Special interests are flooding state Supreme Court races with millions of dollars to try to tip the courts in their direction.
A study being released Monday documents an arms race that's escalating among business groups, trial lawyers and unions. They're all competing to raise money to put their favorite candidates on the bench.
The report from the nonpartisan Brennan Center for Justice, Justice at Stake, and the National Institute on Money in State Politics, says that so much money is pouring into state judicial races from outside groups that it's beginning to undermine public confidence in the courts.
Adam Skaggs works at the Brennan Center for Justice and co-wrote the study. "What we've seen is an explosion in campaign spending in judicial elections over the past decade," Skaggs says. "Fundraising in judicial races doubled to $206 million [over the years 2000-2009] from just $83 million in the '90s, from 1990 to 1999."
— Nine states hold effectively partisan elections for seats on their highest courts:
Alabama, Illinois, Louisiana, Michigan, New Mexico, Ohio, Pennsylvania, Texas and West Virginia.
— Thirteen states have nonpartisan elections:
Arkansas, Georgia, Idaho, Kentucky, Minnesota, Mississippi, Montana, North Carolina, Nevada, North Dakota, Oregon, Washington and Wisconsin.
— Sixteen states appoint such judges, who later face one-candidate "retention elections":
Alaska, Arizona, California, Colorado, Florida, Indiana, Iowa, Kansas, Maryland, Missouri, Nebraska, Oklahoma, South Dakota, Tennessee, Utah and Wyoming.
— Twelve states do not have elections:
Connecticut, Delaware, Hawaii, Massachusetts, Maine, New Hampshire, New Jersey, New York, Rhode Island, South Carolina, Vermont and Virginia.
Source: Brennan Center for Justice
Who's spending all that money? The U.S. Chamber of Commerce, trial lawyers and unions — groups that Skaggs calls superspenders, and he says they're drowning out small individual donors.
"The joke is that a Supreme Court is a lot less expensive to try to buy than a state legislature," says Bert Brandenburg, executive director of Justice at Stake, which advocates for reforms such as public financing of judicial elections.
"As long as we're asking for more judges to 'dial for dollars' from the people who appear before them, then the more we are asking judges to act like Huey Long on the campaign trail and then turn around and act like Solomon in the courtroom," Brandenburg adds. "That's a lot of pressure for anyone, and as a matter of human nature, the more we push judges to do that, the harder it's going to be to get the justice we want out of our courts."
So-called good government groups aren't the only ones sounding an alarm.
State Supreme Court judges are elected in more than 20 states. They usually have to run for re-election every six to 10 years. And most state judges can campaign like any other kind of candidate. Two years ago, Louis Butler was running for the Wisconsin Supreme Court. He'd been appointed to fill a partial term by the state's Democratic governor. And he liked it so much that he campaigned for a full term.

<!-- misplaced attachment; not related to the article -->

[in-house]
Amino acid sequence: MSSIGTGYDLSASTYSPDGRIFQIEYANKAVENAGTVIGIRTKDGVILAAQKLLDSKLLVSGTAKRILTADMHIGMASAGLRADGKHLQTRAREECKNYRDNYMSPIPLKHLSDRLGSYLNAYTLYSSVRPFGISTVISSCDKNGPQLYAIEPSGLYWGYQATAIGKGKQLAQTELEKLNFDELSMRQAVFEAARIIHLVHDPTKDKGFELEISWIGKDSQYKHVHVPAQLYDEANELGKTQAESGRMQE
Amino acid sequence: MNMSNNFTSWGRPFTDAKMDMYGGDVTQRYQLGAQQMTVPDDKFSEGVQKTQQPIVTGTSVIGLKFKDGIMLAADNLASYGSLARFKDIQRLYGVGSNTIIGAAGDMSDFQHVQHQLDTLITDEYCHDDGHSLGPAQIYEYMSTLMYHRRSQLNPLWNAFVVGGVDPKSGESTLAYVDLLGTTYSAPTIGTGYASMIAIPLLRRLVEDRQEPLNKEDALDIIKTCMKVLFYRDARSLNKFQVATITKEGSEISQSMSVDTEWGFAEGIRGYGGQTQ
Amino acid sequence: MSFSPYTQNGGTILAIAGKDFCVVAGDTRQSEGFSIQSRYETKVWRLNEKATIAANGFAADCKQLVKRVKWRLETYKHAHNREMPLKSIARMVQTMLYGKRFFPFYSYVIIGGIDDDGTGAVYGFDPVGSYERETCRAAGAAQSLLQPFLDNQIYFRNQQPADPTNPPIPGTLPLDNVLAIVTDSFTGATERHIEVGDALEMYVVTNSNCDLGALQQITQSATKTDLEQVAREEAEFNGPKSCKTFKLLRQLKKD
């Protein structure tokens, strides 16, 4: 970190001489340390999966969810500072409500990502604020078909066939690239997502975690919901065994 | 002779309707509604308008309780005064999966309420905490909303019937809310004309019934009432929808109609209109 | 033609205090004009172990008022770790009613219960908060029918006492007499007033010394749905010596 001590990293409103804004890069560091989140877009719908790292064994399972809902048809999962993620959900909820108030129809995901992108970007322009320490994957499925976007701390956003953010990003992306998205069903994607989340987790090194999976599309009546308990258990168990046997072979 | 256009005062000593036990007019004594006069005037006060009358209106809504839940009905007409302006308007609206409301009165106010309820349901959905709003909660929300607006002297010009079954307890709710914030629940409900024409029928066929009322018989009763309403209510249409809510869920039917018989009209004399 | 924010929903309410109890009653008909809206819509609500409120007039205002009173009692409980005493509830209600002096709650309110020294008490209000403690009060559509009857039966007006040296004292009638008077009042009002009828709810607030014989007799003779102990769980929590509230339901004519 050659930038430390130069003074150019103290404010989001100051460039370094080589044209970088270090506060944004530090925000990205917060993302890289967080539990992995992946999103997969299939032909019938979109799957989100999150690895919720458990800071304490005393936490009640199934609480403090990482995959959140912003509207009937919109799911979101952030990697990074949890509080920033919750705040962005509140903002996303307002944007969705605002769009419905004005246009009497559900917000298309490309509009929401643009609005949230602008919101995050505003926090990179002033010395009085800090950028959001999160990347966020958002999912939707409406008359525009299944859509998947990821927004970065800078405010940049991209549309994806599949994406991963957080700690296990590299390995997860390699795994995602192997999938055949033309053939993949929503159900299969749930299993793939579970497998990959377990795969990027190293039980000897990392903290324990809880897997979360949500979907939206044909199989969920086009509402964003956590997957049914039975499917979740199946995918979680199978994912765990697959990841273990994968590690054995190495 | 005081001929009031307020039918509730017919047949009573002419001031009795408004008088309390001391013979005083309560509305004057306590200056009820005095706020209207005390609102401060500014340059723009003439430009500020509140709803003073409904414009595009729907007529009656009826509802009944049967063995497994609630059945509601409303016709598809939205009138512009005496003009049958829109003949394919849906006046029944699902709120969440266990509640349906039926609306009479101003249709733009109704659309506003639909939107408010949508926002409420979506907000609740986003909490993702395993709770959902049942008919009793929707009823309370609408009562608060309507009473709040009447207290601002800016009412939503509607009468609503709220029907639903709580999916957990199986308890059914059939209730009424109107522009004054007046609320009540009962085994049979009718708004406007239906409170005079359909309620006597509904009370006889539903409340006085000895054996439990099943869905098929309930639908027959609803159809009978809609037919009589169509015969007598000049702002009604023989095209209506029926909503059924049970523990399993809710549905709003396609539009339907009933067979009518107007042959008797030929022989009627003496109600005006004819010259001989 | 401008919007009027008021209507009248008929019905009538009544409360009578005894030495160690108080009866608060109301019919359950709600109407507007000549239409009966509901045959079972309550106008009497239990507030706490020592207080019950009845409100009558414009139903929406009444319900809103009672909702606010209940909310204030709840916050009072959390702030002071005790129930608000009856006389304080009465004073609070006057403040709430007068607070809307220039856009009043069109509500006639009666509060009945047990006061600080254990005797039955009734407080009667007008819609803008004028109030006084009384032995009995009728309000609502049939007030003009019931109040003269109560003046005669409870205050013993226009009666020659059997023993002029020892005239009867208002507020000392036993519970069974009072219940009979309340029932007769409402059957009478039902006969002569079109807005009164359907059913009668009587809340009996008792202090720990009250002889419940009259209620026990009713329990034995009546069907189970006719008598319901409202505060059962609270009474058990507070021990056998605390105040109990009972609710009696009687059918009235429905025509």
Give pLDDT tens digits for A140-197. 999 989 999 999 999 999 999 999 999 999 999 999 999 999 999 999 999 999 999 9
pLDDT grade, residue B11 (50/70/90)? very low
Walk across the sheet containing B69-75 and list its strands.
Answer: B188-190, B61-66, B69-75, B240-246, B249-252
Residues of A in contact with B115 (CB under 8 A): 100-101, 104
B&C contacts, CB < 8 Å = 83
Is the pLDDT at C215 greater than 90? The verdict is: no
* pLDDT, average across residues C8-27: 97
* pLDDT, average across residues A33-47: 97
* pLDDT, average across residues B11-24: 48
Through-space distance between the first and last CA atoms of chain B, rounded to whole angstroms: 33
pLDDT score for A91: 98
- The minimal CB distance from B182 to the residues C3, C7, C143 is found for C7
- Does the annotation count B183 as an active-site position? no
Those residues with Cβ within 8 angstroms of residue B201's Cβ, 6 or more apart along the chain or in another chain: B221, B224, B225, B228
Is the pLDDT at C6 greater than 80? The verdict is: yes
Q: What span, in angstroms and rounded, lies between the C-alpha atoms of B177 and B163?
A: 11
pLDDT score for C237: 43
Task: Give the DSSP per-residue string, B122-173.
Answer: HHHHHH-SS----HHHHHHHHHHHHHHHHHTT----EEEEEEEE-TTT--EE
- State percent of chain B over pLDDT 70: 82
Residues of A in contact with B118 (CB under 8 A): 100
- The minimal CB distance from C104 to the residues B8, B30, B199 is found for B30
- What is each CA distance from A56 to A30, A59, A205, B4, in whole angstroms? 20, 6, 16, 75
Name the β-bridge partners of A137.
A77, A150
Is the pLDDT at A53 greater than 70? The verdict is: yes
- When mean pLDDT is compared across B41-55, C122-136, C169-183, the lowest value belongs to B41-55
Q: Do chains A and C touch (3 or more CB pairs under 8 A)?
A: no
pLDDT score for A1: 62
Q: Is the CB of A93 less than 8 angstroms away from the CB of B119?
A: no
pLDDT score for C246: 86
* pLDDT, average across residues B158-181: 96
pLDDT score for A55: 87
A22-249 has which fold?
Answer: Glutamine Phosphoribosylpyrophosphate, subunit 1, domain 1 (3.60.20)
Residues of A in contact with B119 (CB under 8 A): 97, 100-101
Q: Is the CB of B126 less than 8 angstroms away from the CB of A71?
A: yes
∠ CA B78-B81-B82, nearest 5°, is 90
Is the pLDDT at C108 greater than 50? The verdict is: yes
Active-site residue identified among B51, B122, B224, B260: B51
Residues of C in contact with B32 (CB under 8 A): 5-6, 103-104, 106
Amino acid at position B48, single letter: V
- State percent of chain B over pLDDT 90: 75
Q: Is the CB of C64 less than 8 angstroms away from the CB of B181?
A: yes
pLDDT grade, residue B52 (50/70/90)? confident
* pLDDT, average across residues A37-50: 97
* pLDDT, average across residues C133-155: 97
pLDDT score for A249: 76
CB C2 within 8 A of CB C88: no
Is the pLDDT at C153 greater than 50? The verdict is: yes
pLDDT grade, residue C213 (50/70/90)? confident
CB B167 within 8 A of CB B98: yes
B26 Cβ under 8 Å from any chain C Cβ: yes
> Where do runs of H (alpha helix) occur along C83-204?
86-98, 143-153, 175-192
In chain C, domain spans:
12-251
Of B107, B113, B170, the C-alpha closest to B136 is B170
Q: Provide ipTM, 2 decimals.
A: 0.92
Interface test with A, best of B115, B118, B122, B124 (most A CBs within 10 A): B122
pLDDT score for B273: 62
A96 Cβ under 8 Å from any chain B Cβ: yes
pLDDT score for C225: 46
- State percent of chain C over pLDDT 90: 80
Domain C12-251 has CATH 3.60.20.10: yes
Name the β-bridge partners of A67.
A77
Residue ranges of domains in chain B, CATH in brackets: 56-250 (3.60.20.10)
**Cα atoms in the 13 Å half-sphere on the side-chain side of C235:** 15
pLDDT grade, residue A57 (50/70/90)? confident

Butler described what happened next, at a panel discussion at Georgetown University Law Center.
"Wisconsin Manufacturers and Commerce decided at that point that: 'OK, we've had this court for all these years, we never had to worry about how the court voted. We get this new guy on the court, and all of a sudden we lose these three cases,' " Butler said. " 'He's gotta go.' "
And go he did, with the help of ads that tried to portray Butler, a former public defender, as soft on crime. One ad sponsored by the manufacturers and commerce group, the state's largest business lobby, began this way: "When our children go to school, they need to be safe. In our homes and neighborhoods, we need to be safe. Our sheriffs and district attorneys are on the front lines, protecting us. And you know what? Our judges need to know they also must protect us."
Executives at Wisconsin Manufacturers and Commerce, the state's largest business advocacy group, say they were only protecting themselves when they spent $1 million on television ads against Butler. James Buchen, an executive at Wisconsin Manufacturers, said the court under Butler had ruled to expand punitive damage awards and malpractice claims under a fragile 4 to 3 majority.
"The ideological balance on the court was what was at stake there," Buchen said. "And so I think that's why people were as focused as they were on that election. ... There were as many groups and as much money spent supporting his candidacy as there was supporting the opponent."
Former Wisconsin Supreme Court Justice Louis Butler was the first incumbent in the state in more than 40 years to lose his court seat.
Former Wisconsin Supreme Court Justice Louis Butler was the first incumbent in the state in more than 40 years to lose his court seat. AP
Butler was the first incumbent in Wisconsin in more than 40 years to lose his Supreme Court seat. After Butler left the court, Buchen says, the tenor shifted. The pro-business candidate had won, and the court majority began voting for business again.
In all, nearly $9 million was spent on that race.
Since then, Wisconsin has opened up state Supreme Court elections to public financing. But the new system still allows outside groups to spend money on television ads as long as they don't coordinate with judge candidates. And the system won't really be put to the test until next year. That's when Buchen said another justice in the four-person pro-business majority is scheduled to retire.